Pudding of memories
Cathy Weis' newest "Electric Haiku" is a rich and varied collection that juggles opposites with humor.
By LORI ORTIZ
Cathy Weis's ongoing project "Electric Haiku," this time carries the subtitle "Calm as Custard." " It feels like we all need to be calmer," says Weis in the post discussion. "And I like custard," she adds. The pleasure principle is at work in full force at Dance Theater Workshop on opening night.
Outside the theater Jennie Liu wraps herself in fluorescent barrier tape. 'Is she allright?' asked a worried would be passerby. Liu dances on the DTW stage in "A Bad Spot Hurts Like Mad," while multiple recorded images of her 'perform' on a painted backdrop stage by Clare Dolan. We're transported to a dive along Route 66, where Scott Heron laments the loss of 'Helen' as she pounds him with an oversized fan decorated with a drawing of her face. He slips away while Jennifer Tipton's dramatic lighting eclipses on the backdrop and darkness dominates.
|Choreography by: Cathy Weis in collaboration with the performers.|
Includes individual dances: "A Bad Spot Hurts Like Mad" (2001); Electric Haiku: Calm as Custard (2005)
Dancers: Cathy Weis, Scott Heron, Jennie Liu, Diane Madden, Jennifer Miller, with appearances by Jonathan Berger, Sandra Burns, Elizabeth Ward..
Music by: Zeena Parkins.
Production design by: Scott Heron, Kelly Horrigan, Danny Michaelson, Howlpop.
Art direction by: Scott Heron, Kelly Horrigan, Danny Michaelson, Howlpop.
Set design by: Clare Dolan, Alessandra Nichols, Geoffrey Nosach, Phil Marden.
Costumes by: Scott Heron, Kelly Horrigan, Danny Michaelson, Howlpop.
Lighting design by: Jennifer Tipton.
Live Sound: Steve Hamilton.
|Dance Theater Workshop|
219 West 19th St.
Feb. 19-26, 2005
The premiere "Electric Haiku: Calm as Custard" is a collection so rich and varied that it's probably best as an evening length piece. Weis sets the standards at the start, telling us that movement, for her, originates where the feet connect to the earth and that her ear guides the dance, cued by Scott Hamilton's Pied Piper sound. (It begins with barking and a blood-curdling scream).
Scott Heron removes voluminous pants to begin his splendid solo, revealing shaped underwear that balloons out around his pelvis like a tumescent tutu. He balances in arabesque on a bench, his supporting foot the subject of a giant pixilated image on the backdrop a rare perspective. He ends reeling and spinning to avoid a tiny toy plane, aggrandized to threatening proportions in the camera's lens. In a later vignette, Heron is pierced through a tall hat by a rod, and dances with a camera fastened to a board. It projects a stationary image of his hand or ear that balances his energetic and convoluted dance.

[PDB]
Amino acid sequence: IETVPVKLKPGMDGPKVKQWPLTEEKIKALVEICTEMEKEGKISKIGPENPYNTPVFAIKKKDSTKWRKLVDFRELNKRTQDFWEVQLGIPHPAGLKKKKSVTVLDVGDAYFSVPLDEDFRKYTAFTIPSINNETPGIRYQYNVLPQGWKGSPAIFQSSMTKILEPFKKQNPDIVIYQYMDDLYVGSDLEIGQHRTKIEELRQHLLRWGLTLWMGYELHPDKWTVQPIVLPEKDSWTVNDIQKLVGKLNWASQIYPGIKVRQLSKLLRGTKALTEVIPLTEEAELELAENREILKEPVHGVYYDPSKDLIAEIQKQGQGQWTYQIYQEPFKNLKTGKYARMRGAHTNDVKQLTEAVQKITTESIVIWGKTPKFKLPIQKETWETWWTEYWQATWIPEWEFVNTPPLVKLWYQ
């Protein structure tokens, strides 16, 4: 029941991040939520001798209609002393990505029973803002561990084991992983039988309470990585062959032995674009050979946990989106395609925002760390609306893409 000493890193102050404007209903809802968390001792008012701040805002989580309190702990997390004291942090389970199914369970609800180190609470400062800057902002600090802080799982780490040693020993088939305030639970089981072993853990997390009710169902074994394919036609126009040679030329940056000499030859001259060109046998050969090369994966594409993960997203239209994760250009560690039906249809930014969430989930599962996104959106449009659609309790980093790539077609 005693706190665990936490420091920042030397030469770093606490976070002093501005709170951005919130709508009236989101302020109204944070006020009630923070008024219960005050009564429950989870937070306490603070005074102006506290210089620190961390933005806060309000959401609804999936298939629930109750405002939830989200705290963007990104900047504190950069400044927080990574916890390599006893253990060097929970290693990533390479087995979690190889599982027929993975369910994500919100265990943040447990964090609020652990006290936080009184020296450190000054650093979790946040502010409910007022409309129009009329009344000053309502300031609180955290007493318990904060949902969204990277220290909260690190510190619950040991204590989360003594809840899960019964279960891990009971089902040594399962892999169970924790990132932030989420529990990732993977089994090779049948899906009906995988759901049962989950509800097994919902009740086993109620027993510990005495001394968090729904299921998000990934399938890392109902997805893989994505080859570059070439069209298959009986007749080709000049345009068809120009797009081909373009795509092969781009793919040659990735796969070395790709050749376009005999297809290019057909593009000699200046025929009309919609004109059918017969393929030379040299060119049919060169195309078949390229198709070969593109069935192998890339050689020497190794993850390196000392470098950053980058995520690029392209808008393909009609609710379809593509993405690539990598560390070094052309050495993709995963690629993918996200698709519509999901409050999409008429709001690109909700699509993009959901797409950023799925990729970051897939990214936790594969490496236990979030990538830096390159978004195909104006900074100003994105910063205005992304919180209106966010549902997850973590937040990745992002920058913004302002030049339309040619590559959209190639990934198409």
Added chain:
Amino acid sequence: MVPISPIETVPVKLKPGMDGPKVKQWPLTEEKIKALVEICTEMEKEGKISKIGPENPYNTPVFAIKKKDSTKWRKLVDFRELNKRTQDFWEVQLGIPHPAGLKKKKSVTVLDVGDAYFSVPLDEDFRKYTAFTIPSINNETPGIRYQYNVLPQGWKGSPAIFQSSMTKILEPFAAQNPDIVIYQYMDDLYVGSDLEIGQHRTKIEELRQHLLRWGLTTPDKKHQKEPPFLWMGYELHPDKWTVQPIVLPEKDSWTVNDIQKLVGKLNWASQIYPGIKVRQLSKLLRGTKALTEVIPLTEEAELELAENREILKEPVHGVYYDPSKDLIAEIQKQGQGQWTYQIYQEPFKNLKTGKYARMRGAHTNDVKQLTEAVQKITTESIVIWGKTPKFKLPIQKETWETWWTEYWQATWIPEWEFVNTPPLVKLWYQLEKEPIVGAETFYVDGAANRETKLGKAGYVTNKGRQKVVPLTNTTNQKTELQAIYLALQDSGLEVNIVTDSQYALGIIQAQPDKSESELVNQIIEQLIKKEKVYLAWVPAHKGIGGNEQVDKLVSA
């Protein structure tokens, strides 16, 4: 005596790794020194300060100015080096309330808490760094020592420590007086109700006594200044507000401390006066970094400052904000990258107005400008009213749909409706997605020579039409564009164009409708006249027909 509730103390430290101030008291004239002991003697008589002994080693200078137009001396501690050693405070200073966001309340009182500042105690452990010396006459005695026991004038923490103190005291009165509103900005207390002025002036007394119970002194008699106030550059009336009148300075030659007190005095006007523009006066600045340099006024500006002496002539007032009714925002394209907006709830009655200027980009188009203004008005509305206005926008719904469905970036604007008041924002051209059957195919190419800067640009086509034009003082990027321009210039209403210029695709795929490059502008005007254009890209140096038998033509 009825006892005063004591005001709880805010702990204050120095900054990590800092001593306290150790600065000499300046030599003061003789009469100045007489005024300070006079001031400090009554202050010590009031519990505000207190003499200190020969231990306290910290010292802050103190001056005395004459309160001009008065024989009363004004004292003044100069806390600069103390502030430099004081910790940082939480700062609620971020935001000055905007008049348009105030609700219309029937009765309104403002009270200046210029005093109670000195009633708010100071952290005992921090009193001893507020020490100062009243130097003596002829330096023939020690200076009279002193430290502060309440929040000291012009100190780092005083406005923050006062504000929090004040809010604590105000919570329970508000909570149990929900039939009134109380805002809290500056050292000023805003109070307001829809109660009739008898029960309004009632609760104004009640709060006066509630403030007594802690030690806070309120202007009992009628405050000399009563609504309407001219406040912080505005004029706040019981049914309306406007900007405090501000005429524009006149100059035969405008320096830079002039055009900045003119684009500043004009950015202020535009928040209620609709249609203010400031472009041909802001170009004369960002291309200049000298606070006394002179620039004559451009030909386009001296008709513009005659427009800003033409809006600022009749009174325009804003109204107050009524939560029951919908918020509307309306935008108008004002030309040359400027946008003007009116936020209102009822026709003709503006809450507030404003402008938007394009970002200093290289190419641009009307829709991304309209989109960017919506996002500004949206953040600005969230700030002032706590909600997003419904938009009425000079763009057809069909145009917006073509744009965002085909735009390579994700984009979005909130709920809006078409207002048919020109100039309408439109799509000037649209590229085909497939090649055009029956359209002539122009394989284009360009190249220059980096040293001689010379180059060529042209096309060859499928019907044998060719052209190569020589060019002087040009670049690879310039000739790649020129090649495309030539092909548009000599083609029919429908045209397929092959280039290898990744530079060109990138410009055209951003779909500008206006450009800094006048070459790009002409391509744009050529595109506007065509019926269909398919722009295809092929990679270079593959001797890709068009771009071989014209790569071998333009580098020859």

In a dark duet with a Chinese flavor, Jennifer Miller and Weis wear long red gowns. They travel with a rickshaw that carries a glowing bundle under a gauzy sheet the only light onstage. To the sound of crying, their arms swipe in a sort of martial art ritual. They abandon the cart and complement each other in an appealing duet. While a performer interrupts by checking ticket stubs in the audience, the duo negotiate with Hamilton on how to bring this "Haiku" to a close. With Miller's sonorous groan, the dance dissipates in jest, but some unspeakable weight is transported that forms the substance of a poignant memory.
|Now 'a beautiful swan diver and Margaret Thatcher occupy two sides of my body that don't quite mesh.'|| |
Weis's monologues, 'I hate that when everything's going well, and then...' are not just humorous divertissements, but transitions that eloquently seam the dance. She works her Kentucky charm, and we're calm as custard. Her multiple sclerosis was diagnosed in 1989. Now 'a beautiful swan diver and Margaret Thatcher occupy two sides of my body that don't quite mesh.' But in her cataclysmic solo, fears and memories congeal. A large screen on wheels turns faster and faster, catching her image and visualizing her dance.
Weis's MS is just one Haiku. "It's part of me." She's out there presenting issues of mortality, of consequence for us all. It's balanced with humor that manages to look unforced. But by the end when balloons are handed out at the door, the jollity is almost painful. The juggling of opposites is the crux of Weis's high quality dance-theater, originating in her unique perspective and coral of friends and collaborators.
Trisha Brown veteran Diane Madden's penultimate "Haiku" completes the piece. Her stark solo surprises with a crescendo of hidden precision when she meets her own on-screen image in a pas de deux. A strong silhouette of her legs disappears under Tipton's guillotine blade of darkness before the quartet returns in Western attire for a valedictory musical revue.
|FEBRUARY 20, 2005|
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